Exclusion in Colorado Supreme Court decides Trump’s participation in the primaries

Can Donald Trump run for president again after his supporters stormed the Capitol? His opponents are arguing in courts across the country that the Republican has squandered that right. Now the Supreme Court is taking up the issue.

The US Supreme Court intervenes in the legal dispute over Donald Trump’s participation in the primaries for the Republican presidential nomination. The Supreme Court announced on Friday afternoon (local time) that it would take up a corresponding request from the former US president and current presidential candidate. The case is scheduled to be heard on February 8th in the capital Washington.

Donald Trump wants to overturn verdicts in Colorado and Maine

Trump had turned to the court to overturn a ruling from the state of Colorado that disqualified him from the 2021 primary election because of his role in the 2021 attack on the US Capitol. Trump opponents are filing lawsuits across the country to argue that the Republican has forfeited his right to run for president again. The top election supervisor in the state of Maine recently made a decision similar to that in Colorado. In Michigan and Minnesota, attempts to disqualify Trump failed. Corresponding lawsuits are still ongoing elsewhere.

Due to the different decisions, it was considered very likely that the primary election dispute would ultimately end up before the Supreme Court. A substantive decision by the Supreme Court for the primary election in Colorado should also resolve open cases in other states, as the plaintiffs’ arguments are the same everywhere.

These are the backgrounds

Trump wants to run again for the Republicans in the next US presidential election at the beginning of November. Anyone who wants to run as a presidential candidate for the Republicans or Democrats must first prevail in the party’s internal primaries. Plaintiffs in various states have been trying for some time to prevent Trump from taking part in the primaries and to have the 77-year-old’s name removed from ballot papers.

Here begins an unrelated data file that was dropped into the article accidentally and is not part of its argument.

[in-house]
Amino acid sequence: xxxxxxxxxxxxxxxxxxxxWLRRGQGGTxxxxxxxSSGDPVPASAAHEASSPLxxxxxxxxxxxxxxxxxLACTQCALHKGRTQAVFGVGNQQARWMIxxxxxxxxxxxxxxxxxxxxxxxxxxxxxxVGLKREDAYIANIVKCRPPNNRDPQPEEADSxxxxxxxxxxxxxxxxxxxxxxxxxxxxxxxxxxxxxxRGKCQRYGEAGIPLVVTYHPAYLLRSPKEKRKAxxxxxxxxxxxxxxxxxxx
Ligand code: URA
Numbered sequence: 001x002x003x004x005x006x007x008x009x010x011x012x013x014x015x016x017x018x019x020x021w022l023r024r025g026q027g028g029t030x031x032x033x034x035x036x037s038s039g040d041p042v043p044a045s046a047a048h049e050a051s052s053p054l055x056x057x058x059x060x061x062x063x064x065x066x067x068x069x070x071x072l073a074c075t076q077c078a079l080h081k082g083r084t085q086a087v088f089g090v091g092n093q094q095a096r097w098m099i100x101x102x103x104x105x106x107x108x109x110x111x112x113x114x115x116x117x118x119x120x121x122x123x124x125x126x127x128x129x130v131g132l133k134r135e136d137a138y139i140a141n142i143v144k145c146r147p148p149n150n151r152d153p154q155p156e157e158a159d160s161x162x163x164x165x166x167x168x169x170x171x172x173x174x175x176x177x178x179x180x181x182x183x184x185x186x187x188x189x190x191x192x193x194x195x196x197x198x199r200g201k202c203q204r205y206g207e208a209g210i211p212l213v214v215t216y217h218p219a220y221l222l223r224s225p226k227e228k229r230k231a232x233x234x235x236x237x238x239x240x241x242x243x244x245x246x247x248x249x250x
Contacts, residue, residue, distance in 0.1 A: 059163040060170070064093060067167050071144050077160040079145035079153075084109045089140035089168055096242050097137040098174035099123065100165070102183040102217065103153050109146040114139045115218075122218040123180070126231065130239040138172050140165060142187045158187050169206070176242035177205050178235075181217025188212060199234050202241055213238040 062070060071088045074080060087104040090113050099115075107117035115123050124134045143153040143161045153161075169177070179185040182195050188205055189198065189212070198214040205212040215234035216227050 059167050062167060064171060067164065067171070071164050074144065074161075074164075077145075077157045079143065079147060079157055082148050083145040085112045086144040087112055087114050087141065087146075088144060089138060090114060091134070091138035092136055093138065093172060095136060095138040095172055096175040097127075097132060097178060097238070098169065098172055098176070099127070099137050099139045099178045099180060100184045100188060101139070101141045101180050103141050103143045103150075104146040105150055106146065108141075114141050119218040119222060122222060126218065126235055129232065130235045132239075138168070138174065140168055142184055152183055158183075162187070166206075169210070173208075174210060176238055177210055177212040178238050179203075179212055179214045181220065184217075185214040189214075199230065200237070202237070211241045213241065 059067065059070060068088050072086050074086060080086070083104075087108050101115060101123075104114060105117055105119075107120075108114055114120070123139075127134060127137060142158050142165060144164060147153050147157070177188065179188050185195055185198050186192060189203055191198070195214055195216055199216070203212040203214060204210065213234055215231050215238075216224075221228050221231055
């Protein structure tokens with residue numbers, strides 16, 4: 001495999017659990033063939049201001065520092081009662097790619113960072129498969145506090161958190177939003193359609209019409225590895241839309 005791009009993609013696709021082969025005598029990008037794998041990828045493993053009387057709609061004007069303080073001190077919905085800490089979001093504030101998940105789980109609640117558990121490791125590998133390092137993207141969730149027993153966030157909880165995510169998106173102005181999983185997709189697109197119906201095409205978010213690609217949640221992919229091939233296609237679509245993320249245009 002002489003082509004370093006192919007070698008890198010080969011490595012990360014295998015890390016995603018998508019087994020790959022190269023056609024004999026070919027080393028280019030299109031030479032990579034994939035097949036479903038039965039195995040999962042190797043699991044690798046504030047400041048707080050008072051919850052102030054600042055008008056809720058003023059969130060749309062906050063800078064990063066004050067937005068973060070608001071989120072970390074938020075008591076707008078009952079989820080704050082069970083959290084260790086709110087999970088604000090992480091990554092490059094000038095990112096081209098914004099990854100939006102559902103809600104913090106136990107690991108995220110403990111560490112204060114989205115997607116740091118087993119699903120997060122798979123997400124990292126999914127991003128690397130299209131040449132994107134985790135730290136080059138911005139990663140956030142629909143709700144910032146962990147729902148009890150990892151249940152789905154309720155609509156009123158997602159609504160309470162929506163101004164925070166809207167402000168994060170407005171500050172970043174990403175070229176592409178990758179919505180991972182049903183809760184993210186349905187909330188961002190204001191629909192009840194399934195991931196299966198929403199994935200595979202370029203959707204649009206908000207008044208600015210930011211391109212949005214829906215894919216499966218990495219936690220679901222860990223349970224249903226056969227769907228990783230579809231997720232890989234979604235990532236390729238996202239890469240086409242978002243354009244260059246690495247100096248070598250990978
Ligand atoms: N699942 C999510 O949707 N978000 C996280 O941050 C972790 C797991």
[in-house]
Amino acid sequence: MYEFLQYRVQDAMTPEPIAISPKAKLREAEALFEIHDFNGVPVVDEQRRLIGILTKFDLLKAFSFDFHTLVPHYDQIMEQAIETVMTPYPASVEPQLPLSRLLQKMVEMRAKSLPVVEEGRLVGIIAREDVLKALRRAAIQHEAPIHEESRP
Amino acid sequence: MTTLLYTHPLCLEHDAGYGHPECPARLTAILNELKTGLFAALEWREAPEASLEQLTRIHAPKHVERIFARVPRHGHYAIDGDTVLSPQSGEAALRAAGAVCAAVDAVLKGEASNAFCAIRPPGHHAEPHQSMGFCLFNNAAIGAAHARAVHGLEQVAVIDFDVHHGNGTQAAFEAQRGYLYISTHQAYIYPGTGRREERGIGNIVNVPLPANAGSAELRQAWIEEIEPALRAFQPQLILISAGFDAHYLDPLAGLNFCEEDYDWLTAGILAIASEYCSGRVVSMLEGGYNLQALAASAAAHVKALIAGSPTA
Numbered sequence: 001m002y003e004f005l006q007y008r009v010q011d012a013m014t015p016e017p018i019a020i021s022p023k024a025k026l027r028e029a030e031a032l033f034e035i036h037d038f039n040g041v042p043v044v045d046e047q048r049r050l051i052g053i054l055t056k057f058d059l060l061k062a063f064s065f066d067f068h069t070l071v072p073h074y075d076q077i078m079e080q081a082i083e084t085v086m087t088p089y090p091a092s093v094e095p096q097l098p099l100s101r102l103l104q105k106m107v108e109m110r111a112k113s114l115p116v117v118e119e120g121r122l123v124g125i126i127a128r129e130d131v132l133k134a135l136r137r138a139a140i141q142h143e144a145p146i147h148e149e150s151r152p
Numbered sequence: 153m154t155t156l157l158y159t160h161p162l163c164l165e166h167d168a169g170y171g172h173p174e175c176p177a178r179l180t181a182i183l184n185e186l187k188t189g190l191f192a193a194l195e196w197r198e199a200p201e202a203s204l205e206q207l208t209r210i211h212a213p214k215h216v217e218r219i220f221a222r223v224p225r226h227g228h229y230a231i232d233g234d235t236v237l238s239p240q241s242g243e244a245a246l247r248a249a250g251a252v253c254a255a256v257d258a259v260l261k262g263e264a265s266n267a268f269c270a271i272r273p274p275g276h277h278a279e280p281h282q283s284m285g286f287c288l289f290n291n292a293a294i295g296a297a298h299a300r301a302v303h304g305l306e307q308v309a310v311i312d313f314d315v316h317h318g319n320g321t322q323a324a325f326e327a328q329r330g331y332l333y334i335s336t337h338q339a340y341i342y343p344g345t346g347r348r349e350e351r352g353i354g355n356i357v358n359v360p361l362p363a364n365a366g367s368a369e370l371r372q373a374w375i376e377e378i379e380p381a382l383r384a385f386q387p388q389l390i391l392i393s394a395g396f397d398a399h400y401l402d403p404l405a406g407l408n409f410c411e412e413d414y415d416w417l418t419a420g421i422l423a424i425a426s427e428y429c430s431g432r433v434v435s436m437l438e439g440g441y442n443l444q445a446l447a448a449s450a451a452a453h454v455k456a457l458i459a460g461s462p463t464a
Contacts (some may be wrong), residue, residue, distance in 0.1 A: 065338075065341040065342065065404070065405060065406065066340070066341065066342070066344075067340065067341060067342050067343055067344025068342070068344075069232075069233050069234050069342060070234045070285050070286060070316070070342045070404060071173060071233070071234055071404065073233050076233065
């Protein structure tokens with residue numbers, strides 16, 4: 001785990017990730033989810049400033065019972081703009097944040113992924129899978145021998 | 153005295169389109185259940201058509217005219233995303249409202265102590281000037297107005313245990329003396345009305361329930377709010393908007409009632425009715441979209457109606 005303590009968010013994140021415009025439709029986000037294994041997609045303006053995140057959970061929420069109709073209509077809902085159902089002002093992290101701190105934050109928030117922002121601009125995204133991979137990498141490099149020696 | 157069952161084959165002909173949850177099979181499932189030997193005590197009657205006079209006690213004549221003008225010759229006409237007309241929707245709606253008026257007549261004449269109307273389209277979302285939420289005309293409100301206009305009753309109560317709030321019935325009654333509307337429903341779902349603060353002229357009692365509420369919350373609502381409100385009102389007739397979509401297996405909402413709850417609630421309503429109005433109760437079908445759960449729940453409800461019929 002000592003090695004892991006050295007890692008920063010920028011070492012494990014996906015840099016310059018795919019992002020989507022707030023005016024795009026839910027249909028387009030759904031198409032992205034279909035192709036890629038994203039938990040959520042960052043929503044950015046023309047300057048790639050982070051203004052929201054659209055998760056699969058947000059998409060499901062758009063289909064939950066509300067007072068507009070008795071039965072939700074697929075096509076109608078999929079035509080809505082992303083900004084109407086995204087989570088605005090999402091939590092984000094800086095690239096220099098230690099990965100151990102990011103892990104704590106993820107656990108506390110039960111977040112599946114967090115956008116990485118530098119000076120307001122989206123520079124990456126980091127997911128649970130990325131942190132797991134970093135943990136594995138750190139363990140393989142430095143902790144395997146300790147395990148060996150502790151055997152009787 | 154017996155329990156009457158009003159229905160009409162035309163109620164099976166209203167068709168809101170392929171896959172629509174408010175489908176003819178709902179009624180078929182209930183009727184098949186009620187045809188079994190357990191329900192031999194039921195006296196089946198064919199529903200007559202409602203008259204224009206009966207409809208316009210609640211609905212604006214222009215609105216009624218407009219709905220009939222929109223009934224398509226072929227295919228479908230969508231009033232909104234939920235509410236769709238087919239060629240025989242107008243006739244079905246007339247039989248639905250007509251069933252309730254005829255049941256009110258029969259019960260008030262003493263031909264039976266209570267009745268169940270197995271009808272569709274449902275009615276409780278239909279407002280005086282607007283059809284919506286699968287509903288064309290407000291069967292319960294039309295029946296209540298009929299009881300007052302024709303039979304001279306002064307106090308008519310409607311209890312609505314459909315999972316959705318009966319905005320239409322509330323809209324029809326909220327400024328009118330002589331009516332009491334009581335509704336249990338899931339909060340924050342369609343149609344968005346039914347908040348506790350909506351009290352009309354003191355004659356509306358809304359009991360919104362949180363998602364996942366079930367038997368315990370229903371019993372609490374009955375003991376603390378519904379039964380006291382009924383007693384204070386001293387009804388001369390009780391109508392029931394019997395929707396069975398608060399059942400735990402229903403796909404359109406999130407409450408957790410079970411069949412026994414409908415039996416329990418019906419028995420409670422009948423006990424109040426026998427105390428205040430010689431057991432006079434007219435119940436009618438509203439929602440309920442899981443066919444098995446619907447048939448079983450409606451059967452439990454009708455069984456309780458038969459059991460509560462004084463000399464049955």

On January 6, 2021, Trump supporters violently stormed the parliament building in Washington. Congress met there to formally confirm Democrat Joe Biden’s victory against Trump in the 2020 presidential election. Trump had previously incited his supporters during a speech with unsubstantiated claims that the election victory had been stolen from him through massive fraud. As a result of the riots, five people died.

In their lawsuits, Trump opponents cite the so-called ban on insurrection in the 14th Amendment to the Constitution. Accordingly, no one may hold a higher office in the state who has previously taken part in an uprising against the state as an official. Although the passage gives some examples of such higher offices, the office of president is not explicitly listed.

In their petition to the Supreme Court, Trump’s lawyers argue that the Colorado court exceeded its authority. The question of a president’s fitness is a matter for the US Congress and not for state courts. The constitutional amendment that the plaintiffs rely on is not applicable in Trump’s case. Trump’s campaign team viewed the Colorado court decision as an “un-American, unconstitutional act of election interference.”

This is how it continues

Time is running out. When the case goes before the Supreme Court on February 8, Republican primaries have already taken place in some states. In Colorado and Maine they take place on March 5th – the so-called Super Tuesday. Then there will be voting in a whole series of states. The ballot papers are printed some time in advance.

For the Democrats, Biden wants to run for a second term. He has no serious internal competition. Among the Republicans, Trump is far ahead in polls among the party’s internal presidential candidates.

During his term in office, Trump shifted the majority on the US Supreme Court significantly to the right. Six of the nine judges are now considered conservative. However, the Supreme Court did not always rule in his favor. In addition to the legal dispute over his participation in the primaries, the Republican also faces several major court proceedings in the coming months on various criminal charges – including the storming of the Capitol and his attempts to retroactively overturn the outcome of the 2020 presidential election.